It is also worth noting that our part-time Admin Assistant, who has been on payroll for less than a month, has a large role in picking who her supervisor will be. This is an example of Downward Bias.
It also gives our less experienced team members experience in interviewing and helps prepare them for future roles they may play with our organization. By exposing them to multiple situations outside their normal roles, they have new matrixes to organize their ideas by, which makes us stronger as a team.
But the biggest thing it does is give us access to their genius. All of us have a genius – a thing that is ours and ours alone. If I am the only one doing the interviews, our organization only has access to my genius. If, however, we bring the rest of the team in, we have access to all of their genius. Which makes us strong indeed.
As a team, we meet and discuss the applicants, their qualifications and their probability of success here. We also begin background checks and reference checks with people who we want to continue with in the process.
This is where we find out if you lied to us. Don’t lie to us. We hate being lied to.
We invite you to hang out with us.
By now it is usually pretty obvious who we should hire. But we always make sure we have several people in this stage (in other words, the number two candidate is also here, even if they are a distant number two) because of Grace, and also because sometimes, we are wrong.
We are going to invite you to have dinner with us out in public. The whole paid staff and you will have a long (2 hours or so) meal, where we just hang out and talk.
The main thing we are looking for here is fit – do you mesh with the team? Are you kind to the wait staff? Are you standoffish? Open? Do you overshare? Monopolize the conversation? Are you interested in us as people? Do we know you better after the meal?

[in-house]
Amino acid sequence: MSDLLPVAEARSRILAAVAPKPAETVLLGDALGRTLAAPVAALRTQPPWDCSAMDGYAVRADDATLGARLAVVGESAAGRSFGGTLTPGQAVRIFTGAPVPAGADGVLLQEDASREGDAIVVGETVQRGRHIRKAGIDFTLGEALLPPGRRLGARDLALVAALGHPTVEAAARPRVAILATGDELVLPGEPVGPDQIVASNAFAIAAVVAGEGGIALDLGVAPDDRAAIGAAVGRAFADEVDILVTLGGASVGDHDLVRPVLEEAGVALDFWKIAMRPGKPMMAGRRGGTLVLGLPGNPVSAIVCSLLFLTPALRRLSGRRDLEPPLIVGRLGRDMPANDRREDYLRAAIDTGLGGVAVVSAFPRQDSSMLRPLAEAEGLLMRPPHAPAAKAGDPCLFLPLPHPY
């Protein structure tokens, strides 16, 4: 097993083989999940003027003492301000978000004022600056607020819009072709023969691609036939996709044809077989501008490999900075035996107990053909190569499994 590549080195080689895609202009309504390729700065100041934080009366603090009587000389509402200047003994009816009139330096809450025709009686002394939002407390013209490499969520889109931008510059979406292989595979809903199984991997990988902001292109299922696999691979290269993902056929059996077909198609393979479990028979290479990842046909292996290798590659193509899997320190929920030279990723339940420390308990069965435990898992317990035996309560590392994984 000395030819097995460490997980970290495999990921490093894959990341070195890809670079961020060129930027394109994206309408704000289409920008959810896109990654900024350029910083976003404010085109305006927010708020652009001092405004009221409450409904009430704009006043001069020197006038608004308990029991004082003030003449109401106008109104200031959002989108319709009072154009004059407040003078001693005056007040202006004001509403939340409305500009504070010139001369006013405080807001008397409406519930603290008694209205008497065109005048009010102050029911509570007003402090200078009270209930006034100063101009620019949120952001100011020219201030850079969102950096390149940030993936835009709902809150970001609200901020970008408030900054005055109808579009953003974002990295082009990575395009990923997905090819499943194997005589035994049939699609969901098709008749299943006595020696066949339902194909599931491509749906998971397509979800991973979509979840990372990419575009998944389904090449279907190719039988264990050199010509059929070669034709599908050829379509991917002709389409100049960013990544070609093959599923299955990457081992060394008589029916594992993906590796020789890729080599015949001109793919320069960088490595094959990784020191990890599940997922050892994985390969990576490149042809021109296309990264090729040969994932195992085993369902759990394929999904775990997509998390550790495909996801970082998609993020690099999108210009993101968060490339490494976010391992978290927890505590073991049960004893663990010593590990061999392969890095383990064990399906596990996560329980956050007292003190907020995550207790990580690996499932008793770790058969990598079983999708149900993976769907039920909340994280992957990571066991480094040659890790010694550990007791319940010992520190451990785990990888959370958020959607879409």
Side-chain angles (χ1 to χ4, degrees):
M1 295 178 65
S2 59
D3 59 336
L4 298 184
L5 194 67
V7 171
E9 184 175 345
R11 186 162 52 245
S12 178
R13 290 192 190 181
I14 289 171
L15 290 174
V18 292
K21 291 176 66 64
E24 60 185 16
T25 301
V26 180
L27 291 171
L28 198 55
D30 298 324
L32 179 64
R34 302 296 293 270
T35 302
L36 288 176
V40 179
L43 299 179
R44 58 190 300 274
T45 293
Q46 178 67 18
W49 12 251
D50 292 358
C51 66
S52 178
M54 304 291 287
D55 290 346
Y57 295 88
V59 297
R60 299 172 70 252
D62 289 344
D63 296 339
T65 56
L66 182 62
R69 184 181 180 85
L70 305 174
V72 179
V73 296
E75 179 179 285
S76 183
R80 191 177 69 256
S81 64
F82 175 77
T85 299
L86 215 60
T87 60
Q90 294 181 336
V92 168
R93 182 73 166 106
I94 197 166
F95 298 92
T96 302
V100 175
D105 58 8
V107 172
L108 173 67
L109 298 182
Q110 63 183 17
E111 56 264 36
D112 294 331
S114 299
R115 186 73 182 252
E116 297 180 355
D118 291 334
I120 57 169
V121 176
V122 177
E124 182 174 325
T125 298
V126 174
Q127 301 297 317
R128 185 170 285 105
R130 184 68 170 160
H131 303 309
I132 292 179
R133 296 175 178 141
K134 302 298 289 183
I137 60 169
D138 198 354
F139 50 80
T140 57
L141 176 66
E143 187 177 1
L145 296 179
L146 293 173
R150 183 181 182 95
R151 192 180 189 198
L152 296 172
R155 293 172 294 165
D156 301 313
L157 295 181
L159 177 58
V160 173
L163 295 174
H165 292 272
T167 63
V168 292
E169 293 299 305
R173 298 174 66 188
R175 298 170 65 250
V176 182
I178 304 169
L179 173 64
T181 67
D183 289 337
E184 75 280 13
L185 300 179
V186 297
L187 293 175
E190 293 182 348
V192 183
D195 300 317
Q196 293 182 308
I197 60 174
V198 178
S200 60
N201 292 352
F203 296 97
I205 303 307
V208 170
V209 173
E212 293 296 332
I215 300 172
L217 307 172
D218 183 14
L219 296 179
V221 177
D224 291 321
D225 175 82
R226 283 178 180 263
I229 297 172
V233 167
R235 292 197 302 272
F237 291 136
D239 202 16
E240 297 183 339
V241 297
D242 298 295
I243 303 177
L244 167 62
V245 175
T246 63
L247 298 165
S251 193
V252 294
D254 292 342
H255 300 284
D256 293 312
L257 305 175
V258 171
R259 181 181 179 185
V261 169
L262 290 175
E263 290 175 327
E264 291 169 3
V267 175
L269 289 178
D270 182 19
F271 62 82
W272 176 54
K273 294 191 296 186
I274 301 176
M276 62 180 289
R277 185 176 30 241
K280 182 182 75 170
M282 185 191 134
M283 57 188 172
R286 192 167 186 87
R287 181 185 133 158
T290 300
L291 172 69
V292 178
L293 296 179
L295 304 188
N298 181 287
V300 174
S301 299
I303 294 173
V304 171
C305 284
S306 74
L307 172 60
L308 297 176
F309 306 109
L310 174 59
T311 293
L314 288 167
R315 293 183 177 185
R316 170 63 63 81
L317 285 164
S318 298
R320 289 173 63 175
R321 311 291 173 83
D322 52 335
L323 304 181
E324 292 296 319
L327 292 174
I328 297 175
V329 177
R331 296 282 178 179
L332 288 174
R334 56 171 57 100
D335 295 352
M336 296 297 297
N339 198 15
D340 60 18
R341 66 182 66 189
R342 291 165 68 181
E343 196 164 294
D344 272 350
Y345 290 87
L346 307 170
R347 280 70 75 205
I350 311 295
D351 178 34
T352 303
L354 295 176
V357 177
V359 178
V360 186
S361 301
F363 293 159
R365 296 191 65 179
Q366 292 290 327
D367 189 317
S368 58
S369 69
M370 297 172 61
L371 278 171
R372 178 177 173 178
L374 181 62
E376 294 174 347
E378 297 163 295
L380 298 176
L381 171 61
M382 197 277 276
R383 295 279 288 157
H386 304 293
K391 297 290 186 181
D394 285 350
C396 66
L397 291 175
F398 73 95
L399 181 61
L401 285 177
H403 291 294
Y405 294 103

We meet as a team and discuss how the meals went. We each get time to advocate for our preferred candidate. If there isn’t consensus, we take it very seriously, and if we are evenly divided, we have been known to call candidates back for more meetings.
We don’t require consensus to hire someone, but we usually get to consensus pretty quickly. If we don’t, it is a very big red flag for us.
We invite you to be part of our team.
And that is it. It generally takes a couple of months, because having all the team this involved takes a lot of coordinating. But we think it makes a huge difference.
As I look back over this, I see I have touched on every one of our Core Values except Agency – the right of people to exert power in their own lives. But it is inherent throughout the process.
In the posting, we tell you creativity and good grammar is important to us. Many people choose to not be creative, or, for that matter, even check their email for typos.
In the first email from us, we invite you to read our blog, come tour our facility or to come worship with us. Most applicants do none of this.
I have said nothing in this blog post I don’t tell applicants in the first interview, when I describe the process. It amazes me how they still ignore the other team members in the second interview, and try to butter me up, as if I am the only person making the decision.
We tell you what we are looking for. If you choose to not use that, it is on you.
We are a team, and if you are invited to be part of that team, it is because the whole team wants you there – not just me.
Because all of us are better than any of us.